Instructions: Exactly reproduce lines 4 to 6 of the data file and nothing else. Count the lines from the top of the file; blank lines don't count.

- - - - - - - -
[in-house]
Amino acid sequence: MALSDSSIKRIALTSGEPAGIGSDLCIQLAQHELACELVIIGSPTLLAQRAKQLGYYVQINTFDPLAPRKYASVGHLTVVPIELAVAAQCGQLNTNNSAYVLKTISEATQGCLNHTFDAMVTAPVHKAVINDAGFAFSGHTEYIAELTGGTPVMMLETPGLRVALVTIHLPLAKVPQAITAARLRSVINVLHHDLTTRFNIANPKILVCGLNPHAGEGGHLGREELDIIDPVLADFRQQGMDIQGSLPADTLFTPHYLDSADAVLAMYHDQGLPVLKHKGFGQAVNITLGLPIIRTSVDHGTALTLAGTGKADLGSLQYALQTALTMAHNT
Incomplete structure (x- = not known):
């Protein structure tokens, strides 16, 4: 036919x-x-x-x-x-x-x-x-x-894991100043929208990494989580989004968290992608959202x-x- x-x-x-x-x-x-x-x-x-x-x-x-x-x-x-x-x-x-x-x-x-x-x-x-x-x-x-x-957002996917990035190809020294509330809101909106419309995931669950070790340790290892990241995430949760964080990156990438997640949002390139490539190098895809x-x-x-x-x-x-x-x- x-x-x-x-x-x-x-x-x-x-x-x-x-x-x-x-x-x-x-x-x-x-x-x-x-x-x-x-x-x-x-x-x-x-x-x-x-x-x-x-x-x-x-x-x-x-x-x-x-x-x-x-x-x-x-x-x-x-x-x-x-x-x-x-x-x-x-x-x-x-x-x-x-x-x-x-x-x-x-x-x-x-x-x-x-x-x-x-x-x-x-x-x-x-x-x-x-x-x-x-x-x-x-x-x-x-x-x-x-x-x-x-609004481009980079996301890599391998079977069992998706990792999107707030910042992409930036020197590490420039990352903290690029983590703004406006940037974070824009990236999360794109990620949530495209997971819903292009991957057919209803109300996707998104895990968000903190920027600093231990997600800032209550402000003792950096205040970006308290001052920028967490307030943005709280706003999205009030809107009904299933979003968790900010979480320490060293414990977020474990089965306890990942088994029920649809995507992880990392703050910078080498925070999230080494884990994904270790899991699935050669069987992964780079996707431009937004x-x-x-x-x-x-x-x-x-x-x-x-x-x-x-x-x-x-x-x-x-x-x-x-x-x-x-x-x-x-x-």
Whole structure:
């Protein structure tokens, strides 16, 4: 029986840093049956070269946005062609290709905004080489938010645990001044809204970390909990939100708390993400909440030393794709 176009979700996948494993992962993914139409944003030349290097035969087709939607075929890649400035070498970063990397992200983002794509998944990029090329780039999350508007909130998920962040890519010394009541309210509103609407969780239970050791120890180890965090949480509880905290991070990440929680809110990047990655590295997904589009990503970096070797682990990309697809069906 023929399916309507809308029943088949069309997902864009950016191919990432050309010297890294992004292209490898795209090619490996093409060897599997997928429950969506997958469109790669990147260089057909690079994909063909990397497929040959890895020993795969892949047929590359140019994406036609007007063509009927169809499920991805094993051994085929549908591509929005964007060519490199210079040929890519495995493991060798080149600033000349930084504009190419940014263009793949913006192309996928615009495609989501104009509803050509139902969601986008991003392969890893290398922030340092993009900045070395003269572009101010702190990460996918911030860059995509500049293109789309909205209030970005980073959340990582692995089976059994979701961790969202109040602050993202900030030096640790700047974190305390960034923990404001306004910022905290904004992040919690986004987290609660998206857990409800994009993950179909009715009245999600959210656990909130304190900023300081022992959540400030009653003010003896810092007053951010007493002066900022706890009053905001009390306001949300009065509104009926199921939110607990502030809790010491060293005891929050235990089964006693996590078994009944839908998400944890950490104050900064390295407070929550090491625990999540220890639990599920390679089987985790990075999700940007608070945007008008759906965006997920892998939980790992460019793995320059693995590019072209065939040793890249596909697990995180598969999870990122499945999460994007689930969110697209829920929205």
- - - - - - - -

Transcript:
């Protein structure tokens, strides 16, 4: 036919x-x-x-x-x-x-x-x-x-894991100043929208990494989580989004968290992608959202x-x- x-x-x-x-x-x-x-x-x-x-x-x-x-x-x-x-x-x-x-x-x-x-x-x-x-x-x-x-957002996917990035190809020294509330809101909106419309995931669950070790340790290892990241995430949760964080990156990438997640949002390139490539190098895809x-x-x-x-x-x-x-x- x-x-x-x-x-x-x-x-x-x-x-x-x-x-x-x-x-x-x-x-x-x-x-x-x-x-x-x-x-x-x-x-x-x-x-x-x-x-x-x-x-x-x-x-x-x-x-x-x-x-x-x-x-x-x-x-x-x-x-x-x-x-x-x-x-x-x-x-x-x-x-x-x-x-x-x-x-x-x-x-x-x-x-x-x-x-x-x-x-x-x-x-x-x-x-x-x-x-x-x-x-x-x-x-x-x-x-x-x-x-x-x-609004481009980079996301890599391998079977069992998706990792999107707030910042992409930036020197590490420039990352903290690029983590703004406006940037974070824009990236999360794109990620949530495209997971819903292009991957057919209803109300996707998104895990968000903190920027600093231990997600800032209550402000003792950096205040970006308290001052920028967490307030943005709280706003999205009030809107009904299933979003968790900010979480320490060293414990977020474990089965306890990942088994029920649809995507992880990392703050910078080498925070999230080494884990994904270790899991699935050669069987992964780079996707431009937004x-x-x-x-x-x-x-x-x-x-x-x-x-x-x-x-x-x-x-x-x-x-x-x-x-x-x-x-x-x-x-």
Whole structure:
């Protein structure tokens, strides 16, 4: 029986840093049956070269946005062609290709905004080489938010645990001044809204970390909990939100708390993400909440030393794709 176009979700996948494993992962993914139409944003030349290097035969087709939607075929890649400035070498970063990397992200983002794509998944990029090329780039999350508007909130998920962040890519010394009541309210509103609407969780239970050791120890180890965090949480509880905290991070990440929680809110990047990655590295997904589009990503970096070797682990990309697809069906 023929399916309507809308029943088949069309997902864009950016191919990432050309010297890294992004292209490898795209090619490996093409060897599997997928429950969506997958469109790669990147260089057909690079994909063909990397497929040959890895020993795969892949047929590359140019994406036609007007063509009927169809499920991805094993051994085929549908591509929005964007060519490199210079040929890519495995493991060798080149600033000349930084504009190419940014263009793949913006192309996928615009495609989501104009509803050509139902969601986008991003392969890893290398922030340092993009900045070395003269572009101010702190990460996918911030860059995509500049293109789309909205209030970005980073959340990582692995089976059994979701961790969202109040602050993202900030030096640790700047974190305390960034923990404001306004910022905290904004992040919690986004987290609660998206857990409800994009993950179909009715009245999600959210656990909130304190900023300081022992959540400030009653003010003896810092007053951010007493002066900022706890009053905001009390306001949300009065509104009926199921939110607990502030809790010491060293005891929050235990089964006693996590078994009944839908998400944890950490104050900064390295407070929550090491625990999540220890639990599920390679089987985790990075999700940007608070945007008008759906965006997920892998939980790992460019793995320059693995590019072209065939040793890249596909697990995180598969999870990122499945999460994007689930969110697209829920929205």